What’s in your DNA?

I had one of those moments this week – the kind that gives you a perspective on yourself that you didn’t expect. Sometimes that can be disconcerting, but in this case, it was reassuring. I was long overdue for getting my vision checked. One of the steps involved taking a photo of my retina, that wall in the back of your eye where some pretty amazing cells turn the energy from light photons into signals your brain can interpret. It’s a pretty important feature for me.

I’m not sure why it looked green back there, but that’s a good color, so I didn’t ask. Within the green background, I could clearly see the blood vessels that keep my retina well supplied with the fuel those sensory cells need – oxygen and glucose. The optometrist talked me through the landmarks of my retinas. As a biologist, I’m always fascinated with the images today’s technology can produce. But my attention kept going back to those blood vessels, thinking about how important they are to my ability to see.

After the tour of my retinas, the optometrist brought up photos of my retinas from three years ago, and immediately I went back to those blood vessels. I guess it shouldn’t be a surprise, but I was struck by how similar the two photos were, having been taken three years apart. They weren’t just similar – they were identical. Other than the date stamp on the electronic image, nothing distinguished the 2009 image from the 2012 image. There aren’t many things about my life that have remained unchanged over the past three years. My hair is lighter colored and thinner than it used to be. My legs don’t move as fast as they used to. There’s that crook in my shoulder and an ongoing battle against tooth decay that I take very seriously (I’m winning). But there it was before me – something that looked as good as it did three years ago.

The fact that I was surprised made me realize that my thoughts often are dominated by the things that I’m wrestling with – challenges from within and from without, things that force me to change. It led me to reflect on what hasn’t changed over the past three years, and building the list has helped me to look forward to this season of celebration and the promise of a new year. Here’s a start on my list of things that haven’t changed:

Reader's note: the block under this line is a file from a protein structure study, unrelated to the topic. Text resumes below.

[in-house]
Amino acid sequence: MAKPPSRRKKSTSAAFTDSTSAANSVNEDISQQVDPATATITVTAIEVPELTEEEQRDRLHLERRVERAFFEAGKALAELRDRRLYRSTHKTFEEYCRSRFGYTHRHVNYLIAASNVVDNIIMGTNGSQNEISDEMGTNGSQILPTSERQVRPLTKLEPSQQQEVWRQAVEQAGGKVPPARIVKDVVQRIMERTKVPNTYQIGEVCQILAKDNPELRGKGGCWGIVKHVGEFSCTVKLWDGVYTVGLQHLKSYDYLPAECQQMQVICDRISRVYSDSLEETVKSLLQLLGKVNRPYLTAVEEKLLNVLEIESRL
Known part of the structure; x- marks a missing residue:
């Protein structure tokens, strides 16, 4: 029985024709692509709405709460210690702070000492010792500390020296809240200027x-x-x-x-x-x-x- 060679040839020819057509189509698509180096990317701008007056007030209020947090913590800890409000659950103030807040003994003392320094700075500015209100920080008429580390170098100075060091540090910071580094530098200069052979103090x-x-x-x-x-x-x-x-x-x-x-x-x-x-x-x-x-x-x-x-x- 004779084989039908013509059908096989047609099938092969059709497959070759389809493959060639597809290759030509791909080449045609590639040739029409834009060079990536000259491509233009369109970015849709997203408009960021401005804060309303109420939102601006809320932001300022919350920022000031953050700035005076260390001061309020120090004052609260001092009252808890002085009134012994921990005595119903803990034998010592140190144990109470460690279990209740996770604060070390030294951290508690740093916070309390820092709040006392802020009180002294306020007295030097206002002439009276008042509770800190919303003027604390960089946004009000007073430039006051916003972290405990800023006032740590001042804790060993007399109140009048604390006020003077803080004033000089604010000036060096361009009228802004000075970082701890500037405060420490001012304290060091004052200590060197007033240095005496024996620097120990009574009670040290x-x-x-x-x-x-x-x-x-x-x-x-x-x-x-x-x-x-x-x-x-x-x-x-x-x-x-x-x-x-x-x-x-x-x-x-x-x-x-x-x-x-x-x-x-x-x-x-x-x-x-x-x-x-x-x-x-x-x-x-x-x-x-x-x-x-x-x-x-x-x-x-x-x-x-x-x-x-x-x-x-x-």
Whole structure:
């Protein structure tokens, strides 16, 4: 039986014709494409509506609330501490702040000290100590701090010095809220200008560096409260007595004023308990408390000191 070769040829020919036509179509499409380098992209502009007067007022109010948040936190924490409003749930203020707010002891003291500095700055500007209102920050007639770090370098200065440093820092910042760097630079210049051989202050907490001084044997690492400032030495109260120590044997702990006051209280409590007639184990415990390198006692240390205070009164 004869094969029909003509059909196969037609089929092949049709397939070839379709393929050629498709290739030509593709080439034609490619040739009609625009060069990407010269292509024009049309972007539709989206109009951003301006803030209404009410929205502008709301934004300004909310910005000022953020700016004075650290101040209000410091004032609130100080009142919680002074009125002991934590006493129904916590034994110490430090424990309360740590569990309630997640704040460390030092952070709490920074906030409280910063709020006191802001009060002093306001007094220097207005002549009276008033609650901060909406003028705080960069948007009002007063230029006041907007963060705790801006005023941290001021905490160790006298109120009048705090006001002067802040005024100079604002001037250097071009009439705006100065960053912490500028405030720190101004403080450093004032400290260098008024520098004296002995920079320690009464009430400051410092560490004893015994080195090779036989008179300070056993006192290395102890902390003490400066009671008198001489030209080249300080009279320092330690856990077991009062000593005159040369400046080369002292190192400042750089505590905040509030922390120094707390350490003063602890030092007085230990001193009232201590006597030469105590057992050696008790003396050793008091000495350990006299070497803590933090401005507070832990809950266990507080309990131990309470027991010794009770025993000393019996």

1. My family: I’m fortunate to share my life with a tremendously gifted and optimistic spouse, and we are blessed with two sons who brighten our days.
  2. My DNA: As much as I might like to re-engineer a few things about my genetics (taller, faster, smarter), it’s a blessing that our DNA doesn’t change – it’s a rock I know I can count on, like it or not. It’s what gave me that pattern of blood vessels I saw on the image of my retinas this week, a pattern that hasn’t changed.
  3. My employment home: I’ve been fortunate to have a career that I characterize as that of a professional and permanent student, and I get to practice that vocation at an institution whose values have shaped and sustained me. They are summarized nicely in this opening line to the “About MSU” web page: Spartans work every day to advance the common good in uncommon ways. That hasn’t changed in 157 years. Spartans will.
  4. My colleagues: What makes a university special is the people who make it a university. I get to work with Extension professionals – folks who are deeply committed to the people we serve in Michigan and the promise of our state’s human and natural resources. I marvel at what they can accomplish and the difference they make in the lives of people across the state. This university would not be what it is without the spirit and dedication of my colleagues in MSU Extension and the College of Agriculture and Natural Resources.
  5. My geographic home: We live in the heart of the North American Great Lakes – a tremendous natural feature that holds 20 percent of the earth’s fresh water. We live and work on landscapes that give testimony to awesome and powerful glaciers that skimmed the surface of some ancient and diverse geologic features.

The list goes on, but even if it were a list of only one steady constant in my life, I think I would still find it reassuring to know that there is at least one constant I can count on. My DNA isn’t changing and knowing that makes it easier to take on the challenges and changes I experience every day.

The certainty and constancy of an organization’s mission isn’t as unchangeable as a person’s DNA. We depend on social and cultural constructs to take the role of DNA in ensuring that whatever comes along as a threat, our core set of instructions, our guiding principles, will ensure that we remain the organization we were founded to be. Our colleagues, our stakeholders, our students, our alumni and our donors all contribute to that organizational DNA. And my faith that we will remain true to our mission is grounded in the quality of the people, with many different perspectives, who tug and push to make sure MSU remains the land-grant university that Michigan needs us to be now and in the future. At this special time of year, I am particularly grateful for those people who help to make sure that MSU’s DNA remains immutable.

I wish you many special moments with family and friends at this special time of year and plenty of time to reflect on your blessings.

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One response to “What’s in your DNA?

  1. Cheryl Peters

    Thanks for such an inspiring message! There are many things to be thankful for when we take time to appreciate. I also marvel at the motivated and bright people I have the honor to work among at MSUE.